Over the last few months I have had a serious loss of direction. Although I still don’t feel as though I have a sense of direction, I am beginning to look again. After finishing up with running summer camp, I found myself battling the impact that such an increase in activity had on my health. From my perspective, it felt very much like a losing battle. As the two weeks came to a close, my pain levels skyrocketed- but I was shocked to find myself coping better due to the sleep pattern I had begun. For the first time in many years, I was asleep at 9pm and awake at 6am. This had actually been my sleep routine for the vast majority of my life (though in my teen years it was closer to 10pm to 6am), altered only by the advent of medications that compromised my sleep cycle. It doesn’t help that my husband does rotating shift work; it is quite hard to go to sleep before him or without him. I think that if I had been able to continue this sleep routine after summer camp, the last few months would not have been so hard. Contrary to my nature, I wallowed. Truthfully, I am not sure wallow is even a strong enough sentiment to express the head space I was in. I had pushed my body, and it pushed back with ferocity.
After the unfortunate celiac reaction and the deterioration of my already poor joints shortly after the camp had finished, I felt defeated. Completely and utterly defeated. It is much harder to cope with pain when you can no longer physically do your coping mechanisms. I would usually turn to arts and crafts to boost my spirits and distract myself, yet I was bested by my illness and unable to do anything. It felt impossible to fight against the sense of helplessness that had welled up within me. Already combating the constant sense of uselessness most with chronic illnesses go through, I felt true despair. This has been very difficult to struggle through.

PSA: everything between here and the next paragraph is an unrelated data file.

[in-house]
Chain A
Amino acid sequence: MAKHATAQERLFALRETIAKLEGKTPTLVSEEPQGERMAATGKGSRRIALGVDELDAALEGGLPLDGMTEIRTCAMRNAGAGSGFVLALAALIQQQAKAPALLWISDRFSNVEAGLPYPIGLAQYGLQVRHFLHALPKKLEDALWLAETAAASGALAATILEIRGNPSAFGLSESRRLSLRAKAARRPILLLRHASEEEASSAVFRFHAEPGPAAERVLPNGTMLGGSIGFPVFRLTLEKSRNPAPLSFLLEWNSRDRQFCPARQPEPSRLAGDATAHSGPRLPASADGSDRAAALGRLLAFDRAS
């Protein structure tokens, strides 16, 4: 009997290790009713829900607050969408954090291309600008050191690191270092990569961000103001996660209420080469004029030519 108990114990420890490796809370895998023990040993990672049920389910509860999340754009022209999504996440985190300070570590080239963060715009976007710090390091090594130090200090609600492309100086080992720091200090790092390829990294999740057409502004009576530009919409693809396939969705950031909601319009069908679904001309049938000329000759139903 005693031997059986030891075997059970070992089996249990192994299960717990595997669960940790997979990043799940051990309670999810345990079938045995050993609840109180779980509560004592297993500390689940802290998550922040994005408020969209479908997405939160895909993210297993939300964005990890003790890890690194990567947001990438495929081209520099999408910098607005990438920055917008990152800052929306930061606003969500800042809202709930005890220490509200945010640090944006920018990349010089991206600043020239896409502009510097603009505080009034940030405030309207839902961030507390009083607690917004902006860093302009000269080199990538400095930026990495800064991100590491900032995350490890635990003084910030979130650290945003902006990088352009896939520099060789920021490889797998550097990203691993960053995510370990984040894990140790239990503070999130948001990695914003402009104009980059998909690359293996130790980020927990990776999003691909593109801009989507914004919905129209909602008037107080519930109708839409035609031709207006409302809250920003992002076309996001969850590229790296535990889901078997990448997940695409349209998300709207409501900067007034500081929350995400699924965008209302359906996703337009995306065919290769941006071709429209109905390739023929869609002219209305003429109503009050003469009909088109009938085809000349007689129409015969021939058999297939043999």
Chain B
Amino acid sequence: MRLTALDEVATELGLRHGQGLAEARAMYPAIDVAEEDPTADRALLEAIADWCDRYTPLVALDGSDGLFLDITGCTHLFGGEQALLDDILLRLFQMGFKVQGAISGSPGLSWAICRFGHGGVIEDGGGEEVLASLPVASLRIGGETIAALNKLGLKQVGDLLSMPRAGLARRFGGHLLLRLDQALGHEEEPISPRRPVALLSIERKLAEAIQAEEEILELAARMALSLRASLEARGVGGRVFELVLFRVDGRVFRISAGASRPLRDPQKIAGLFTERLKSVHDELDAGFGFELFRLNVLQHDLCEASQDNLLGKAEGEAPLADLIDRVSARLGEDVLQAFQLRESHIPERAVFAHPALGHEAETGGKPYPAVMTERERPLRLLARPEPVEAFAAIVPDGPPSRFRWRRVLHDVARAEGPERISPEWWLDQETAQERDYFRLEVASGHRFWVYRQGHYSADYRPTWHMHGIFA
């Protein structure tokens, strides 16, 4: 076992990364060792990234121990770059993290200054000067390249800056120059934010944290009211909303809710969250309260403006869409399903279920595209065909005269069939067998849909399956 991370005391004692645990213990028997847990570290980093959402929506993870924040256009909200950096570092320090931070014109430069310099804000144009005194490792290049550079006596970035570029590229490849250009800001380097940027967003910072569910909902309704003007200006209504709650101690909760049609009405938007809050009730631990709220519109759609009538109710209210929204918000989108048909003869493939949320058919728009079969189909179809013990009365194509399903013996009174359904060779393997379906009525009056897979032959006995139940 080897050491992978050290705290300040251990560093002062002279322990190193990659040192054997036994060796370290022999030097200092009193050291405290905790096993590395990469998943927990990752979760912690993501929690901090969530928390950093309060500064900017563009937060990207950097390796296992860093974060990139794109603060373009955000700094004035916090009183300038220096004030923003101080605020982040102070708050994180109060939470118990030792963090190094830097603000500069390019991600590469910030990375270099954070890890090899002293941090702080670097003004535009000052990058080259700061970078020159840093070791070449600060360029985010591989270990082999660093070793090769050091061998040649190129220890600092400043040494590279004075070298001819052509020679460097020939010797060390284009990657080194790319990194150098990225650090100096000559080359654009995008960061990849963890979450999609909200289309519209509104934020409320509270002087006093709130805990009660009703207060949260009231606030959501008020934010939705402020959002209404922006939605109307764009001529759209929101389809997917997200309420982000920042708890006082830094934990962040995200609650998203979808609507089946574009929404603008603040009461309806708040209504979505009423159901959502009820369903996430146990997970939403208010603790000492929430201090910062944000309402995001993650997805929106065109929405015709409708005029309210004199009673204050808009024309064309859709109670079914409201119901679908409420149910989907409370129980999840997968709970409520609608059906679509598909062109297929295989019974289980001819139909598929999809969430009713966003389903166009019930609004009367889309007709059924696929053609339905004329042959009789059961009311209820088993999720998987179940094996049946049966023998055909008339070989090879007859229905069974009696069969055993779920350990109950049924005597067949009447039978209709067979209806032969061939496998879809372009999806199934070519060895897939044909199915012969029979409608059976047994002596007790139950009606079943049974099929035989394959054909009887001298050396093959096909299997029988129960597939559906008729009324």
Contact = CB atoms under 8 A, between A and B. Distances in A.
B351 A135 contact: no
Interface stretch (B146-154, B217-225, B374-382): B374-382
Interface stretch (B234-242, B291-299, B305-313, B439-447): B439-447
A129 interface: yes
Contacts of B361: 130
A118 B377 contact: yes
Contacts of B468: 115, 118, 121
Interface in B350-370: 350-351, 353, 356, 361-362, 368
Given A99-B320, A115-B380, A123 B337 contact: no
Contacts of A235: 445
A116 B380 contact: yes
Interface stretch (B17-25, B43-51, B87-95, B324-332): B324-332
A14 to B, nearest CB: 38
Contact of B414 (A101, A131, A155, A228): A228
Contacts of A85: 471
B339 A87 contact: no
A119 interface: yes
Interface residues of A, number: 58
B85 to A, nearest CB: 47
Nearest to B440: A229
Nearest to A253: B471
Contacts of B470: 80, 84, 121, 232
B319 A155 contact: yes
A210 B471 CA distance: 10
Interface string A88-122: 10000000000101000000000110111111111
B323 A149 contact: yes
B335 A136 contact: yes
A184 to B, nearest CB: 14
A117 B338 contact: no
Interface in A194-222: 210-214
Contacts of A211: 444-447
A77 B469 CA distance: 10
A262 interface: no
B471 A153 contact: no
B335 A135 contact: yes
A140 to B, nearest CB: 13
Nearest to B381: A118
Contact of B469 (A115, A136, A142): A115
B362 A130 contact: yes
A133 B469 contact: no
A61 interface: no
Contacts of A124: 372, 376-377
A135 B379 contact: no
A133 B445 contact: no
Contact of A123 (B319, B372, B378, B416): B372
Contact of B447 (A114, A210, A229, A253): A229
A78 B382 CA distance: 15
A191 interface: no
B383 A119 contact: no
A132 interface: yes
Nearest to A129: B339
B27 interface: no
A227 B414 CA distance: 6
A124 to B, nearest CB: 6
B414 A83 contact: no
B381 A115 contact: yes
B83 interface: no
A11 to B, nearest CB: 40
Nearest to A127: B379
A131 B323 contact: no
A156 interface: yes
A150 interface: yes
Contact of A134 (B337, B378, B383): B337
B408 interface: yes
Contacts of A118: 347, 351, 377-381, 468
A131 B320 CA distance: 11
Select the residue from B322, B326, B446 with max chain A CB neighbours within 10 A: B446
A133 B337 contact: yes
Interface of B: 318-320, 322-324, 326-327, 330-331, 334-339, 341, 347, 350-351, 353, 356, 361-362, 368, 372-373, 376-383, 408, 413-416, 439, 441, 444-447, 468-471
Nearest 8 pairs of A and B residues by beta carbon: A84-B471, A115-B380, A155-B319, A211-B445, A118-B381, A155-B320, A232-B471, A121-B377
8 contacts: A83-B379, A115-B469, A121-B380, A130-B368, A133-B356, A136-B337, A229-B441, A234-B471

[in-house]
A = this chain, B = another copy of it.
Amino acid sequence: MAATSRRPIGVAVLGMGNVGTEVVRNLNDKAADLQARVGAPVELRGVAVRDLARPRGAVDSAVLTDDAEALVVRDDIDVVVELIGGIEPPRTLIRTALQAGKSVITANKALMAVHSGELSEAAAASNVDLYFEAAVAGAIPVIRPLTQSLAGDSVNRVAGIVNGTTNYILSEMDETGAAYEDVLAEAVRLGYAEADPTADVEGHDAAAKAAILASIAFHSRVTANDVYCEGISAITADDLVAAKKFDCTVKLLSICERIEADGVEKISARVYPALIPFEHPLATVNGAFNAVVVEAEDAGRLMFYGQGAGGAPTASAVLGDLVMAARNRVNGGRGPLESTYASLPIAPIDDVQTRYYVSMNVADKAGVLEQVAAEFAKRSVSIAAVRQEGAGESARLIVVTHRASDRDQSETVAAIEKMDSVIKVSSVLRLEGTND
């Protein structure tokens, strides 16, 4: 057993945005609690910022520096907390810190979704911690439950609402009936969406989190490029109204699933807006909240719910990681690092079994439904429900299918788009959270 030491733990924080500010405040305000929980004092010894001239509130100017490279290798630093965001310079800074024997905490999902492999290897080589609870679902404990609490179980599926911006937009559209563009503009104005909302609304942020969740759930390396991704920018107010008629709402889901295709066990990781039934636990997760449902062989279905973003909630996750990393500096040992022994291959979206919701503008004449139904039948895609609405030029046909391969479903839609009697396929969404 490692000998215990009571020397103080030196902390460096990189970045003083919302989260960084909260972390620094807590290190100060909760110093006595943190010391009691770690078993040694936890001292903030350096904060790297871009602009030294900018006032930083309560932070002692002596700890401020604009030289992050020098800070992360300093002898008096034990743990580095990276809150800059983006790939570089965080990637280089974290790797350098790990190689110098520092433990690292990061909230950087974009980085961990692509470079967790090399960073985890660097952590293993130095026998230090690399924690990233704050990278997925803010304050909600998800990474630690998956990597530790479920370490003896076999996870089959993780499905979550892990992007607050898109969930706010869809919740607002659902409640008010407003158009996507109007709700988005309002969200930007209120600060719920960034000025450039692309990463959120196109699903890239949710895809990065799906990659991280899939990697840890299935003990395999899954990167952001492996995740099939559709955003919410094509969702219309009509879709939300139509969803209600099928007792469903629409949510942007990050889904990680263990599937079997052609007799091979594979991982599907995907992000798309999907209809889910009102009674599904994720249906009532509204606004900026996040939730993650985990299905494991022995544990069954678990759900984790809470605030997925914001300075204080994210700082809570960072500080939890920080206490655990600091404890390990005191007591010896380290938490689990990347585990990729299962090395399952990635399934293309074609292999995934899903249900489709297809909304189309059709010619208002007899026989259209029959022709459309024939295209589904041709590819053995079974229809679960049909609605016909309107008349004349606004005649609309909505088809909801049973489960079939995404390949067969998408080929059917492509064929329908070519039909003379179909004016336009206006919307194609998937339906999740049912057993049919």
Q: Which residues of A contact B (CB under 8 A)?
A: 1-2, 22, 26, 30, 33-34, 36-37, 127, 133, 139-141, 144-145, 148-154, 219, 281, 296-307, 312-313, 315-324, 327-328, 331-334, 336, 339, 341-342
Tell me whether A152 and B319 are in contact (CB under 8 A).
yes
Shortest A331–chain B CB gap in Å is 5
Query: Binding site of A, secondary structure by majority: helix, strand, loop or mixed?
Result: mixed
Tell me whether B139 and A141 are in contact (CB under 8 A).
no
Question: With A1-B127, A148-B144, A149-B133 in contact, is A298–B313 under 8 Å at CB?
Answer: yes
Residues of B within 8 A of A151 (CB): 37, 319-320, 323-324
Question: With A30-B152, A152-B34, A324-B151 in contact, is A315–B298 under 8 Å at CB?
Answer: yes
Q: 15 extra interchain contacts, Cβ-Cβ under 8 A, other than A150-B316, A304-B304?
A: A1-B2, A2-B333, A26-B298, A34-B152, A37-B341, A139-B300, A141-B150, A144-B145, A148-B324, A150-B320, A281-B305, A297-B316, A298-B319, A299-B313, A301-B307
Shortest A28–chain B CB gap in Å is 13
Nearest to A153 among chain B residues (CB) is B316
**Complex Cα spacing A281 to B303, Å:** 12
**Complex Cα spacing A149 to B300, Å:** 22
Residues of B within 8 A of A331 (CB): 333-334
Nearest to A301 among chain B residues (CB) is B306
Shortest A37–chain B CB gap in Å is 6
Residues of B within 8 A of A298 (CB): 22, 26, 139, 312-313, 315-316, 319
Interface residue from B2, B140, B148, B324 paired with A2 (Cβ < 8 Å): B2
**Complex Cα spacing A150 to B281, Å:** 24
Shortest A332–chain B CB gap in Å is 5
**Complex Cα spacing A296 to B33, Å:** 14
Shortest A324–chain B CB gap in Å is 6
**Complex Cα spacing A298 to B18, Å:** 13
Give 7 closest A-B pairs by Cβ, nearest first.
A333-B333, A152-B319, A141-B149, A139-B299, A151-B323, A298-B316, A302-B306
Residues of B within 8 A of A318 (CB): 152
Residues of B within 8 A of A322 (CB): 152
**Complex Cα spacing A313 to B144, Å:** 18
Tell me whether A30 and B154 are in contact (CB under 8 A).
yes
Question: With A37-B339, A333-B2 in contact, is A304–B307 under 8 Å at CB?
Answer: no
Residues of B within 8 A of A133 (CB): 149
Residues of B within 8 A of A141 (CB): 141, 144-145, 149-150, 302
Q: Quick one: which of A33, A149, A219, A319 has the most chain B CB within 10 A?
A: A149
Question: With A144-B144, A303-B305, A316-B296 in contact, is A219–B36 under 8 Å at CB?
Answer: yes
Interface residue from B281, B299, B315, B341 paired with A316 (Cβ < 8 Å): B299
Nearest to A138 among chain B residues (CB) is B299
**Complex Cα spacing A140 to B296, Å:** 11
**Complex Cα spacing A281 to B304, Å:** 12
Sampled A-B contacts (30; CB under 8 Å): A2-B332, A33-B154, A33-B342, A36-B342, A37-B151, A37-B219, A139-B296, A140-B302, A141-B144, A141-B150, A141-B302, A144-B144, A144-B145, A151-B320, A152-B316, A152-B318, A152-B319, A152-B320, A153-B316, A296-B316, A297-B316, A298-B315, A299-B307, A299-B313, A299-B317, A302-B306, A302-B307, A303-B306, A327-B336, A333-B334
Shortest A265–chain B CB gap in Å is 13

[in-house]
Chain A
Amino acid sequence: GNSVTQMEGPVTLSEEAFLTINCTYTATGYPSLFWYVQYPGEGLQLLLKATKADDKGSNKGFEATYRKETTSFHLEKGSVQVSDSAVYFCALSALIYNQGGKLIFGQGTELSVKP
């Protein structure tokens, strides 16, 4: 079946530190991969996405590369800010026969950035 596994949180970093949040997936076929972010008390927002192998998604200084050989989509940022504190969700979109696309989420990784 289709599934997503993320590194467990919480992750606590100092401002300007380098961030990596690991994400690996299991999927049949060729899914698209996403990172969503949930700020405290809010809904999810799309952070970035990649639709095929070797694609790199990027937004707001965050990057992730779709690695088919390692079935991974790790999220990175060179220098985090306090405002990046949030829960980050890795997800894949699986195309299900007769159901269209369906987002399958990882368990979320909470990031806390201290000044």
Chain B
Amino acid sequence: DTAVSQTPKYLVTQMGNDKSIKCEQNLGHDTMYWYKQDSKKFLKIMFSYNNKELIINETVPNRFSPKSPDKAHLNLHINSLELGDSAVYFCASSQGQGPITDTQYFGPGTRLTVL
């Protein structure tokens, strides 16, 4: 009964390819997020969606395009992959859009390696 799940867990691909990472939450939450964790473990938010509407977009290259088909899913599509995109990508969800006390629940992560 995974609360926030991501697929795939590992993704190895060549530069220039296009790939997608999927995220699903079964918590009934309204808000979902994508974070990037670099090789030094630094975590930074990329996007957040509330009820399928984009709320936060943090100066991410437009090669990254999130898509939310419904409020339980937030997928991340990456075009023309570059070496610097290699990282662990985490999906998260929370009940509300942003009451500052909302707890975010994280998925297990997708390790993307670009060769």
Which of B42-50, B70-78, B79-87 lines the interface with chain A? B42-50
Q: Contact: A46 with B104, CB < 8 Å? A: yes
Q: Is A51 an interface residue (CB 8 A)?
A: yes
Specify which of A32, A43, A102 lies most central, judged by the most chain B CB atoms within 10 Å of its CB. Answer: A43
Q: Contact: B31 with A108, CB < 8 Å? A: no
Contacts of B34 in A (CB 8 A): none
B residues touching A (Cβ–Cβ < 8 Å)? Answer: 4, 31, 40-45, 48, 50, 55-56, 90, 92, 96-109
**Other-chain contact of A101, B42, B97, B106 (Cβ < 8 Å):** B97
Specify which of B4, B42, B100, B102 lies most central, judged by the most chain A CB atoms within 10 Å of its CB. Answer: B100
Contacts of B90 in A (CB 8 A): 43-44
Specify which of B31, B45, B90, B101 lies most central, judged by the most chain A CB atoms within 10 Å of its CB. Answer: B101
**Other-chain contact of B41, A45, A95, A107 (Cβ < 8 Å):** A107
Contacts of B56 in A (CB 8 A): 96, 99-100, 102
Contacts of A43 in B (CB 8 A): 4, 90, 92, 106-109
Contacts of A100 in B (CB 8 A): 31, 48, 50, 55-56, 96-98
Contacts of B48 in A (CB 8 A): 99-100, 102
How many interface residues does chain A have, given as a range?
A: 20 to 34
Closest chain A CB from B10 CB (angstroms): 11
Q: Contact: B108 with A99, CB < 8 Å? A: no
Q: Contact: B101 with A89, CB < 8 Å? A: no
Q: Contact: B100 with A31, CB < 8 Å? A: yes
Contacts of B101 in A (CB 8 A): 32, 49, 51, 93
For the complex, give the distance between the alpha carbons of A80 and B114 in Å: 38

In the midst of this, somehow the smallest of gestures has changed the direction of my focus. Last night, my aunt showed me a very nifty little project that she had started at her homeschool meet-up earlier in the evening. She had learned a simple yet elegant form of weaving using straws. Almost instantly my curiosity was piqued, and I examined her progress carefully to sort out how she was making the project. This examination gave me a tiny spark of something I hadn’t felt in months: inspiration. I tried a few rows and was astonished to find that it did not hurt my joints at all to do. With excitement, I ran to my art supplies and grabbed out everything that I needed. I started making a brown cotton belt, something simple to begin.Before bed I was able to make a solid two inches. Today, I finished a quarter of it and have felt productive for the first time in a few months. Though I am not entirely over my negative emotions, this small and simple craft has turned my gaze away from the seemingly perilous battle towards brighter possibilities. If there is a craft I can spend hours doing without pain, there has to be more that I can do as well. There may even be ways to make the other activities I enjoy possible as well, though likely with reduced frequency.
I am not giving up, as much as I have been wanting to. I hope to renew the fervour I used to possess for life over the next coming months, and I am planning to use this blog as a means to do so as well. Writing a blog post is an accomplishment, and it is one I can do even with limited use of my hands if pain is flaring. Even in the worst of times, there is always something that can be done. There is always hope.
Even though it is as simple as weaving a belt, I am proud of my accomplishment today.